Audit report preview
The long awaited report from KPMG, the auditors hired to take a comprehensive look at the county’s books and those of the school system, is almost finished. The process began last summer and was expected to take several weeks, not most of a year.
A status update that included an overview of the preliminary findings was presented to the supervisors during a March 23 workshop session. The final report will be presented to the supervisors at their May meeting and, according to County Administrator Rebecca T. Dickson, will be posted on the county website in its entirety.
It would seem that Goochland’s books were, up to the start of the current fiscal year, at best, a mess because no one in county administration had the accounting skills needed by a complex governmental organization. Years of slipshod practices condoned by the previous administrator resulted in a cumulative fiscal miasma.
Ron Churchman speaking on behalf of the auditing team reported that as of March 23, there were more than 40 separate and distinct restatements of balances in previous reports that affect every other report. No area was untouched by the restatements. That means they found more than 40 instances when amounts were misreported, put into the wrong place and so on.
Churchman cited many instances where Generally Accepted Accounting Practices (GAAP) were not used. He strongly implied that no one handling county funds had any idea what role GAAP has in public financial management or, for that matter, what it is.
Cash reconciliations were not completed in a timely manner and were as much as six months late.
Items for the TCSD and Economic Development Authority were put into the wrong account. Since the county went to semi-annual tax collection, revenues were consistently misreported, a violation of GAAP, probably simple confusion about what went where.
Perhaps the most troubling information, which is not new, is that the previous auditors used by the county worked on the accounts and audited what they had done. This is the same firm that audited the utilities department for several years and failed to notice blatant inconsistencies there.
Churchman declined to pass judgment on Robinson, Farmer Cox, the firm that handled Goochland accounts for years, something of an irregularity in itself, but said several times, at least once in reply to a question from District 3 supervisor Ned Creasey, that “you shouldn’t audit what you prepare, which was done previously.”
Even if the county’s previous auditors and financial advisors could be held accountable for their actions, it is doubtful that a majority of the supervisors would vote to explore remedies for malpractice. Indeed, they seem more eager to sweep the whole mess under the rug and move forward. The role of the previous county administrator, who must have been responsible for at least part of the mess, will never be investigated either.
Stupid apparently is not criminal. The degree to which the county was mismanaged during the 23-year tenure of the previous county administrator is a grievous breach of public trust. The cavalier attitude of the supervisors who were in office before 2008, especially Pryor, Eads and Quarles and those who control them, is morally reprehensible.
It is hard to say if these supervisors were hoodwinked by the slick persona of the previous administrator, too dumb to figure out what was going on, or full partners in the debacle. We will probably never know.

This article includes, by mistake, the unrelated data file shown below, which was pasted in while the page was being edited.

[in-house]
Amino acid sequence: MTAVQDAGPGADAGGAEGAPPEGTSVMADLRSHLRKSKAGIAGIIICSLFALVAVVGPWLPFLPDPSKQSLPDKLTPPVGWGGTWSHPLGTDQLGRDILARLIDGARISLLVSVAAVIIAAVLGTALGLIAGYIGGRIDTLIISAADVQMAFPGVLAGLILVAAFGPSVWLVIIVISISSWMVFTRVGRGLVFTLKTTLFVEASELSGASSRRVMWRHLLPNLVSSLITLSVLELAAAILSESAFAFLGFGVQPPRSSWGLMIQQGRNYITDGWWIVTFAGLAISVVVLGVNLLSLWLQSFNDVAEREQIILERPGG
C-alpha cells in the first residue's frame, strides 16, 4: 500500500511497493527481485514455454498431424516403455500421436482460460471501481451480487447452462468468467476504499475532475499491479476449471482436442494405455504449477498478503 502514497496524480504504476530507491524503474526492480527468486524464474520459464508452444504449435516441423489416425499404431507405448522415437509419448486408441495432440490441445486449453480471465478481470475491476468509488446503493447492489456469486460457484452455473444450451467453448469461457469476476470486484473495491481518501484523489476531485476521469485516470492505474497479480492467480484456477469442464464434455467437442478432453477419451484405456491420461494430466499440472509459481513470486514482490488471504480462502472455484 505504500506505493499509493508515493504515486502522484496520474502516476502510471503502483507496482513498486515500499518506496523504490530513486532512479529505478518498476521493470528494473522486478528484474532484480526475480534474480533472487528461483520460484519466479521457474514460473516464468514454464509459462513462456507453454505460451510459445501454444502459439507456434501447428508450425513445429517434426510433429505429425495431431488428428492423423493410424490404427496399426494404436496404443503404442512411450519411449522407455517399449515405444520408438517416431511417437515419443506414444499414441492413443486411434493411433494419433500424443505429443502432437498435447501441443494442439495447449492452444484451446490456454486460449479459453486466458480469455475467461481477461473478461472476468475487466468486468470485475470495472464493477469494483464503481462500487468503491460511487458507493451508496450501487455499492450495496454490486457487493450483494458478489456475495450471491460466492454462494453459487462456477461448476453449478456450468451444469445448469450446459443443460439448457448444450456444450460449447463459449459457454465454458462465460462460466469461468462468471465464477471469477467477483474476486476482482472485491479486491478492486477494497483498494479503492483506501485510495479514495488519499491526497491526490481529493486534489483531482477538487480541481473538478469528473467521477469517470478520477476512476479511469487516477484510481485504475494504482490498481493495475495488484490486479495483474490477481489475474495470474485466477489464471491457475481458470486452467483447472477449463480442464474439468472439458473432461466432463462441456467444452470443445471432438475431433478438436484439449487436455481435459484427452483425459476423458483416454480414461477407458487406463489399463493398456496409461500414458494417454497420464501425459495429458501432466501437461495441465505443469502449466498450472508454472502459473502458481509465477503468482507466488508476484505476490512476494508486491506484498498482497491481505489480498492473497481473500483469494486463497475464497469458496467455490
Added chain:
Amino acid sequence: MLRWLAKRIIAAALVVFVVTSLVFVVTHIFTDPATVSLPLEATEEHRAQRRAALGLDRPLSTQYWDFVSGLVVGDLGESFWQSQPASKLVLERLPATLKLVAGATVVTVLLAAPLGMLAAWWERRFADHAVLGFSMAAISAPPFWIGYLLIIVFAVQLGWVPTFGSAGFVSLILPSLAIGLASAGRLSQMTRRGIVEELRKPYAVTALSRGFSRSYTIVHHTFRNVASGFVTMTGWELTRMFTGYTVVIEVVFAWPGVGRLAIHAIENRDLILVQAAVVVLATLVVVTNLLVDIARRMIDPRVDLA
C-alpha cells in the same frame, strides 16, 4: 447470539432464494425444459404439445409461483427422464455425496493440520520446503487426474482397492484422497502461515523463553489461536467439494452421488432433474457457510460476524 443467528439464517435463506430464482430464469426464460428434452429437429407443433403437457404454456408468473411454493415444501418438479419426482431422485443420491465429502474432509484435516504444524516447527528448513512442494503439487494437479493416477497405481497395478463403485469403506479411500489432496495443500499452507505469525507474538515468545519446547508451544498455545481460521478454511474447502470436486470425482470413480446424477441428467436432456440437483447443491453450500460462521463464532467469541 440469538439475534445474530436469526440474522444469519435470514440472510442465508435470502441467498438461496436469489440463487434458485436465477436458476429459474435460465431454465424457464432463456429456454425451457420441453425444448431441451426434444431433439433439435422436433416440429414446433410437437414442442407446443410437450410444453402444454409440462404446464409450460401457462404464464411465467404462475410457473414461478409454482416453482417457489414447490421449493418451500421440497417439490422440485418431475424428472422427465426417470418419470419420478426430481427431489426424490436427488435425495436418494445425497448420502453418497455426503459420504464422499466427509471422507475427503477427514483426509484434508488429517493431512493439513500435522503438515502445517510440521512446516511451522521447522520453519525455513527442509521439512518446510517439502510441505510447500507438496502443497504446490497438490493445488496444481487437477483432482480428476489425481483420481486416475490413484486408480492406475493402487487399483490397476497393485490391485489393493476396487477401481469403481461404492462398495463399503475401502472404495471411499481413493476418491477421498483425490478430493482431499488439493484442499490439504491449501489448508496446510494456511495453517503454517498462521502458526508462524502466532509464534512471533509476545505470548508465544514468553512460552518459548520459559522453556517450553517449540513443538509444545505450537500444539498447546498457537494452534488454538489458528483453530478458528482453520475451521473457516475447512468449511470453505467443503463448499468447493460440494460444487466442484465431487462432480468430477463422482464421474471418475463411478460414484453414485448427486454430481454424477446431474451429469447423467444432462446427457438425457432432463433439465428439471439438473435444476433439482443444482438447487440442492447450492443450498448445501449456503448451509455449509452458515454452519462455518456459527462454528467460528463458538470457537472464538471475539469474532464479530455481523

Taking the supervisors to task for their role in county mismanagement will be left to the voters in November 2011.
Churchman’s comments did not seem to indicate any wrongdoing, beyond pernicious widespread, systemic incompetence and ignorance of proper accounting procedure. Unsaid, but worse, is that no effort was made by the previous county administrator or auditing firm to improve the situation, or even admit that it existed.
The full KPMG report will be presented in May and will include suggestions of corrective action to remedy the shortcomings. One recommendation made by Churchman is that the county must take steps to ensure a much higher level of accounting expertise among financial staff. He offered to assist with employee training efforts in this area.
Why is proper accounting so important?
Accurate accounting provides a concise picture of an organization’s financial situation. This is the most important tool in effective, efficient government. The county must know what its costs and obligations are when tax rates are computed. The level of debt service obligation lets the county know if it can afford to borrow additional funds. Without a very precise picture of the financial situation, planning is a shot in the dark.
Churchman mentioned the failure to list a $9 million TCSD debt as a liability on county books, which resulted in a $4 million decline in net assets for the entity.
When the county entered into a complicated agreement with Capital One and the state in 2001 that involved credits, pass throughs and other financial arrangements, no procedures for properly recording and tracking the new kind of transactions were put in place. The folks doing the books did the best they could, or, did what they were told.
Like mouse manure in a pantry, the fiscal fiasco of the TCSD fouls everything it touches.
Goochland needs highly skilled professionals to clean up the mess and the new management team seems to be off to a good start. Taxpayers have suffered long enough at the hands incompetent employees. It still remains to be seen if the supervisors will permit full disclosure of all the shortcomings or revert to their habit of cover up and hide.